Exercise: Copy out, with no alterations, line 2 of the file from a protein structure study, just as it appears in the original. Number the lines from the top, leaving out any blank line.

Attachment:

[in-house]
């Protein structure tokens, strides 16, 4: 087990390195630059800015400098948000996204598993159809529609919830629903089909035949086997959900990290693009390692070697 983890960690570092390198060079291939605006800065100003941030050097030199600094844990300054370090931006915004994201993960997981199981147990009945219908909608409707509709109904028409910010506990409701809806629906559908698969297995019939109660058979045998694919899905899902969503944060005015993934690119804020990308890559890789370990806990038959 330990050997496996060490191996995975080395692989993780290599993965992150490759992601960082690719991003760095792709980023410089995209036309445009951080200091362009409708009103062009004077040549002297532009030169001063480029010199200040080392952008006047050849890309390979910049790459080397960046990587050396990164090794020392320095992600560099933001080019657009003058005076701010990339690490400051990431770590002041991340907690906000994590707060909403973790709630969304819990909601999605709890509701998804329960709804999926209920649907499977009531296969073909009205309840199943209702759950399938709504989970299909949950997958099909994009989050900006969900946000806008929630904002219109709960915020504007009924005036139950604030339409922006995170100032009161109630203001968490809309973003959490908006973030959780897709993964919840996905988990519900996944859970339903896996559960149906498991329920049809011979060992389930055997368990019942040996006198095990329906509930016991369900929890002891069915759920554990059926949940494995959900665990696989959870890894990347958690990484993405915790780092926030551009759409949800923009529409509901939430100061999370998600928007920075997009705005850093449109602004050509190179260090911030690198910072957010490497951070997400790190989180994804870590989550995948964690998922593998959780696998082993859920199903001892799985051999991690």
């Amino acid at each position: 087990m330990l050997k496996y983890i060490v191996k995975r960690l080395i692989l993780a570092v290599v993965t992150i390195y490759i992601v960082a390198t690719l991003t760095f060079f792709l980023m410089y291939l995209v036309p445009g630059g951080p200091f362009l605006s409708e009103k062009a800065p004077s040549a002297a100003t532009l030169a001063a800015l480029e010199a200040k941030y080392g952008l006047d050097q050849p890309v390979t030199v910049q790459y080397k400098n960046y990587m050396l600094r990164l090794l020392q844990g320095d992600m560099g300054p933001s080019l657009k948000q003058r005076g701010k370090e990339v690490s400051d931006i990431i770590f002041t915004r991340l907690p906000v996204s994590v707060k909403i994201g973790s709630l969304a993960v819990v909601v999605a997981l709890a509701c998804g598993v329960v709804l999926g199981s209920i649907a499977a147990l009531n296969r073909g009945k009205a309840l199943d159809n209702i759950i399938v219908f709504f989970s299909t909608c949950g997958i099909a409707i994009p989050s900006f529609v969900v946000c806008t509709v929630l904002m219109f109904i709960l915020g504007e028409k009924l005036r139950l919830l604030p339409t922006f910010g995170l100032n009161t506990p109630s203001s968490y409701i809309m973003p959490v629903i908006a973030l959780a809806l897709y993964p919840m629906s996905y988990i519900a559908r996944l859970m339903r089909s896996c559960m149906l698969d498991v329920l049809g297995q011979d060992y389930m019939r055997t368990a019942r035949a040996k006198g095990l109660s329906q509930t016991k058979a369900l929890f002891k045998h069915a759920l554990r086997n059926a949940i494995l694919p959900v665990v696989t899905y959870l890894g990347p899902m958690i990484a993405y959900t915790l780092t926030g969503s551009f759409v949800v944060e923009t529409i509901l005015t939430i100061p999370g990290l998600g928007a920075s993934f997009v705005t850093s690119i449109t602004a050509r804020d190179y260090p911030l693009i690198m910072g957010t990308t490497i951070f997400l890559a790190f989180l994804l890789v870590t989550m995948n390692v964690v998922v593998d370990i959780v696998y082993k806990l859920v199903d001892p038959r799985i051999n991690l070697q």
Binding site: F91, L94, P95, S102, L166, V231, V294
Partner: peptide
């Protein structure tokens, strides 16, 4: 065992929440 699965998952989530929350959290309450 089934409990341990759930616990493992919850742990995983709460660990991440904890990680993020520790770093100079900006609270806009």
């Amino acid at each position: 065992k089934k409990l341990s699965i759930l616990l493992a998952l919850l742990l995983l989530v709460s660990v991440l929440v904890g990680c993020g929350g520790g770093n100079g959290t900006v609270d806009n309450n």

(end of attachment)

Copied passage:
């Protein structure tokens, strides 16, 4: 087990390195630059800015400098948000996204598993159809529609919830629903089909035949086997959900990290693009390692070697 983890960690570092390198060079291939605006800065100003941030050097030199600094844990300054370090931006915004994201993960997981199981147990009945219908909608409707509709109904028409910010506990409701809806629906559908698969297995019939109660058979045998694919899905899902969503944060005015993934690119804020990308890559890789370990806990038959 330990050997496996060490191996995975080395692989993780290599993965992150490759992601960082690719991003760095792709980023410089995209036309445009951080200091362009409708009103062009004077040549002297532009030169001063480029010199200040080392952008006047050849890309390979910049790459080397960046990587050396990164090794020392320095992600560099933001080019657009003058005076701010990339690490400051990431770590002041991340907690906000994590707060909403973790709630969304819990909601999605709890509701998804329960709804999926209920649907499977009531296969073909009205309840199943209702759950399938709504989970299909949950997958099909994009989050900006969900946000806008929630904002219109709960915020504007009924005036139950604030339409922006995170100032009161109630203001968490809309973003959490908006973030959780897709993964919840996905988990519900996944859970339903896996559960149906498991329920049809011979060992389930055997368990019942040996006198095990329906509930016991369900929890002891069915759920554990059926949940494995959900665990696989959870890894990347958690990484993405915790780092926030551009759409949800923009529409509901939430100061999370998600928007920075997009705005850093449109602004050509190179260090911030690198910072957010490497951070997400790190989180994804870590989550995948964690998922593998959780696998082993859920199903001892799985051999991690």